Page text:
Nicholas Kemp

Nicholas Kemp is a father, husband, Japanologist, researcher, solopreneur, and author of IKIGAI-KAN: Feel a Life Worth Living. He is the founder and head coach of Ikigai Tribe, a small community of educators, psychologists, coaches, and trainers who serve their personal communities using the ikigai concept. 

A week-long trip to Tokyo in 1977 at the age of five left a lasting impression on Nick that would eventually see him return to Japan eighteen years later. After being awarded a one-year restaurant management traineeship with one of Japan's largest restaurant chains in 1995, Nick fell in love with Japan (again) and ended up living there for 10 years. Discovering his entrepreneurial spirit in Japan, Nick established his own English conversation school and developed his own audio language learning program.

Since his return to Melbourne in 2008, Nick has operated several educational and marketing businesses. His web design skills saw him become a two-time finalist in the Webdesign International Festival (WIF) in Limoges, France in 2008 and 2010. And his understanding of the Japanese language and culture helped serve Nick as a consultant for companies wishing to expand their business to Japan. 

He now trains educators, psychologists, coaches, and professionals with his Ikigai Coach certification program. His program is supported by many of Japan’s leading ikigai authorities who are contributors to his certification program and appear as regular guests on his podcast. Nick’s ultimate goal is to share the wonders of Japan to a global audience, and he also hopes to respectfully remind Japanese of what a fascinating and unique culture they have access to.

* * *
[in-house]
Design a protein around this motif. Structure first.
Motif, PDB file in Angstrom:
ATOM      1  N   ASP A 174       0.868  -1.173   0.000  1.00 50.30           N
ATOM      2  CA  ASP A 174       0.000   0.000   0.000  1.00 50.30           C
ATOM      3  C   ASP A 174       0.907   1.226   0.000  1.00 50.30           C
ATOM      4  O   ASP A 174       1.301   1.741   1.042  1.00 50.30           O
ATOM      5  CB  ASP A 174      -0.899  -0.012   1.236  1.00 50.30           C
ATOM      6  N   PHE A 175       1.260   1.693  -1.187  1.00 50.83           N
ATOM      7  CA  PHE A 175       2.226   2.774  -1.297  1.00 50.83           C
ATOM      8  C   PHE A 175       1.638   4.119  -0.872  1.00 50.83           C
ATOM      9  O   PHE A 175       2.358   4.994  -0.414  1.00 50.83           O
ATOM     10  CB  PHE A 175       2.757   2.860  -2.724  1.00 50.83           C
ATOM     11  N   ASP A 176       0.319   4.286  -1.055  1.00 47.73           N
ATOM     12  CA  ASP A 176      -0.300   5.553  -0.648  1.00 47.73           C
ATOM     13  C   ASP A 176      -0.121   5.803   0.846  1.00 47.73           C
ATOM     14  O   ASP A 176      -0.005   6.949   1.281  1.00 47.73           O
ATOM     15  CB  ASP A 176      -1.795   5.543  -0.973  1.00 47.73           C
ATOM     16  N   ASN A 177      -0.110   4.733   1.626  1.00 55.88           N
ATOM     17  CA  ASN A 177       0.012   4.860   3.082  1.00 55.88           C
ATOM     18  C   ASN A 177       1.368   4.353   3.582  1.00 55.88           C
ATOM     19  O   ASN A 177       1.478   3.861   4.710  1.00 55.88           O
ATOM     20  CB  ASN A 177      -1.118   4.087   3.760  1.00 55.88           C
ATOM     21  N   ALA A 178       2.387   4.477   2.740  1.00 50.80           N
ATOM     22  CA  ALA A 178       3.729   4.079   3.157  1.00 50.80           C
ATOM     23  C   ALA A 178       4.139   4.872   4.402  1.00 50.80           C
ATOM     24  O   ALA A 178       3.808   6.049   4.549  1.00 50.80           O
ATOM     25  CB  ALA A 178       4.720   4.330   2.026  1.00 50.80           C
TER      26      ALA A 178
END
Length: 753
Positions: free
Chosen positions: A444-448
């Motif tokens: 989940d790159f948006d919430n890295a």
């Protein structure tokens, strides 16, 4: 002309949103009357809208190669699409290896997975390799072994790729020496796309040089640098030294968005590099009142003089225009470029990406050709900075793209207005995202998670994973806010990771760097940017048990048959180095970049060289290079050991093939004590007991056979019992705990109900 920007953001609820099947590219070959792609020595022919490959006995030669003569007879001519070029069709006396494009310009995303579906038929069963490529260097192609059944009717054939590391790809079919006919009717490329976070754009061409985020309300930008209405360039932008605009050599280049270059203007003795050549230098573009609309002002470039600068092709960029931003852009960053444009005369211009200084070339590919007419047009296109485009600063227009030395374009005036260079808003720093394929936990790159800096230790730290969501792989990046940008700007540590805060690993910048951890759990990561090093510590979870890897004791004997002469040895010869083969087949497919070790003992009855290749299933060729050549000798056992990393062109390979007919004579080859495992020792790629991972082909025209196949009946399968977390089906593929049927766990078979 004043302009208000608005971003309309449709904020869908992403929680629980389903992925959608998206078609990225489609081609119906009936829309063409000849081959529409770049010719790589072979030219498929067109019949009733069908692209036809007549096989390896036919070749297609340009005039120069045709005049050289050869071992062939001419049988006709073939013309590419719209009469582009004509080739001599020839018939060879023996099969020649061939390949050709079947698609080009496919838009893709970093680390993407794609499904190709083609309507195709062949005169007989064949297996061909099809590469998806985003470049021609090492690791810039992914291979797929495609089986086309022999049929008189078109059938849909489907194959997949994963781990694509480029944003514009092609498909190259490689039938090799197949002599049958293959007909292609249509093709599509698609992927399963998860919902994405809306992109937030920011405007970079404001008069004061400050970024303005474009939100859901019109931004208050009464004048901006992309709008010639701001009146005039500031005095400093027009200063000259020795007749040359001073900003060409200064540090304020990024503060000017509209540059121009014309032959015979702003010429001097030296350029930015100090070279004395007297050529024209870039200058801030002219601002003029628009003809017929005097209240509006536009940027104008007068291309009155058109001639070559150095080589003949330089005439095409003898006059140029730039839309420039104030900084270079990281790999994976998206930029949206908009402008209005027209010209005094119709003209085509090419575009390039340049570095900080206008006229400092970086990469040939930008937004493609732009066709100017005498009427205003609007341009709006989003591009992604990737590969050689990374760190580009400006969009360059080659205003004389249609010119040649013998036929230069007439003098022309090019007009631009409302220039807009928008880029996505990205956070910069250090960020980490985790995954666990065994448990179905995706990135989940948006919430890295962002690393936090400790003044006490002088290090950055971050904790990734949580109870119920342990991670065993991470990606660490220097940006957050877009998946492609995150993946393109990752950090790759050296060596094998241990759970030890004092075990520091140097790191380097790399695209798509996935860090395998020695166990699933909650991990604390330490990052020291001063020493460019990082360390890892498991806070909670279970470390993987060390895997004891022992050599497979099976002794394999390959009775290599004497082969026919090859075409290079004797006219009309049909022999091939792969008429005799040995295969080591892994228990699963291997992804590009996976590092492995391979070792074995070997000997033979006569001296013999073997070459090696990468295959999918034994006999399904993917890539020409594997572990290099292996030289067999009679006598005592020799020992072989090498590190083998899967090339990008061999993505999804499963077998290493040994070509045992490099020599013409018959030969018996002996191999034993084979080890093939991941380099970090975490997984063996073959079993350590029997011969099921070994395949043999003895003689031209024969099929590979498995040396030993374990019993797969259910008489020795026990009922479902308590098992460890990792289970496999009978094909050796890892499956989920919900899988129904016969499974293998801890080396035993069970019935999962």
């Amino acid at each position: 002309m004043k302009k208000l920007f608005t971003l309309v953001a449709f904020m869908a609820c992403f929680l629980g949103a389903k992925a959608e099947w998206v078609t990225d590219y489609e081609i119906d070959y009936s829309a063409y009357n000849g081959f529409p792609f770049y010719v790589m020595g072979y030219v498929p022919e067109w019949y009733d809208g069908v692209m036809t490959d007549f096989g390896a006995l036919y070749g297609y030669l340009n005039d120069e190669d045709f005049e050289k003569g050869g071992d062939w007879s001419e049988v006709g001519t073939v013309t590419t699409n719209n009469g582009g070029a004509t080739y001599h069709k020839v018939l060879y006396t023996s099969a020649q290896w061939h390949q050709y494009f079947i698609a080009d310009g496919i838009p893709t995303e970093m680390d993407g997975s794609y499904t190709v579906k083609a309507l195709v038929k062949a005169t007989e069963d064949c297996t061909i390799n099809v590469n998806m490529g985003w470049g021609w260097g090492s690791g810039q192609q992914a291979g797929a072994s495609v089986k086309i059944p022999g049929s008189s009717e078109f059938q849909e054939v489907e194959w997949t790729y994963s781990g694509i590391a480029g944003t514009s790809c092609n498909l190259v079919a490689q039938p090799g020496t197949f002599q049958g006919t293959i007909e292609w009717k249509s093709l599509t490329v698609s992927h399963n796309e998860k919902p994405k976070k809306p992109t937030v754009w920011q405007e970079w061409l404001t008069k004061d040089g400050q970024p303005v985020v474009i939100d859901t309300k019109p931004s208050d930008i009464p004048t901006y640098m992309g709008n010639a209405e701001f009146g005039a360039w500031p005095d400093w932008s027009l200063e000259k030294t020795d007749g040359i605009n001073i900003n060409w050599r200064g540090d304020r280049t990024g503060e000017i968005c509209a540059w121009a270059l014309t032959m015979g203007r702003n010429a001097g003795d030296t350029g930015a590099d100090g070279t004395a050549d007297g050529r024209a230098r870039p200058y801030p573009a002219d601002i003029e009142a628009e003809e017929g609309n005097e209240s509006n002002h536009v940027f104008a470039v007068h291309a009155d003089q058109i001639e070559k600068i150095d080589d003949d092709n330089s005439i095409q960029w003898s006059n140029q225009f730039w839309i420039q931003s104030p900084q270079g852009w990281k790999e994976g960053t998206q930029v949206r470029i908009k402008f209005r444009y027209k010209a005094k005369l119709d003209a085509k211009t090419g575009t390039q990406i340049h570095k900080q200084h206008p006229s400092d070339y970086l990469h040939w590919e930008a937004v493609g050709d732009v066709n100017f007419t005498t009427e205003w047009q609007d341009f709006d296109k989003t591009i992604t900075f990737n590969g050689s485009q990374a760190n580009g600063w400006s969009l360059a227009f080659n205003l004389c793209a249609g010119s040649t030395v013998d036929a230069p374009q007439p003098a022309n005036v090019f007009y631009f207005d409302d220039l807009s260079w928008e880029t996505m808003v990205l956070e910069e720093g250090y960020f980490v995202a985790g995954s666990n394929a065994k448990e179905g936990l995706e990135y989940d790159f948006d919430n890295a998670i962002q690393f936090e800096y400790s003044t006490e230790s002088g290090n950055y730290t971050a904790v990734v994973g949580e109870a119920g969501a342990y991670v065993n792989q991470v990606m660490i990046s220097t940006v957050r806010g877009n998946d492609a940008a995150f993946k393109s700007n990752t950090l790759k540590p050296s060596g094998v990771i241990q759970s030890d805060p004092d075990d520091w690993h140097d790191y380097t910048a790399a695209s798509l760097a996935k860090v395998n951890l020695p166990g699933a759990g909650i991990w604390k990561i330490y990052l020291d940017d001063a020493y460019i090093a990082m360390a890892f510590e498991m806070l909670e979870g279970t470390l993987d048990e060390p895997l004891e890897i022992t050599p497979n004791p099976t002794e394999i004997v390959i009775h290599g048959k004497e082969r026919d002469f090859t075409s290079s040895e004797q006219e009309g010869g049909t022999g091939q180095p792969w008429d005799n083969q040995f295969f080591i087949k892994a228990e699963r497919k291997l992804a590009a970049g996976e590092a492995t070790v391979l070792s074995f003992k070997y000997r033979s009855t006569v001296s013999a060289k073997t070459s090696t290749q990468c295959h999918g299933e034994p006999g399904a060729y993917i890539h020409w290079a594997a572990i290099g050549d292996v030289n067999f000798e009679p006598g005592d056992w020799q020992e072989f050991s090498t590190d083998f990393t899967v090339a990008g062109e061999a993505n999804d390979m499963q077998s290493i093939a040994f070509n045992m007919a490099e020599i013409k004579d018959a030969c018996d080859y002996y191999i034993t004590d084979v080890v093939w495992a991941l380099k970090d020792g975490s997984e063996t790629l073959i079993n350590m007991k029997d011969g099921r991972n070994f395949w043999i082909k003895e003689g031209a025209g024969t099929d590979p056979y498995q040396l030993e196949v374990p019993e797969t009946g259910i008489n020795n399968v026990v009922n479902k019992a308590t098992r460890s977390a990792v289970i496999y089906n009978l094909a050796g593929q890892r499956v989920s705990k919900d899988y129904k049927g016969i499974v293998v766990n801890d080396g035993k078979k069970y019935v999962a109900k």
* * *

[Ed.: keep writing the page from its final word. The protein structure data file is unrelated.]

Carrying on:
Nick is an amateur guitarist and aspiring musician still hoping to one day live the rockstar dream. A lover of learning, he has recently taken up the Shakuhachi, much to the frustration of his wife and son. He often shares cuddles and purrs with his cat as sharing cuddles with his wife and son have become increasingly rare.

He spends his time between Melbourne and Japan when not stuck in a pandemic and sees himself retiring in Japan where he will continue his ikigai of researching Japanese culture.

“I have had a love affair with Japan ever since I first visited the country at the age of five. Some 45 years later my relationship with Japan has never been more intimate. The older I get, the more I seem to discover how unique, beautiful and wise the culture and people of Japan are."


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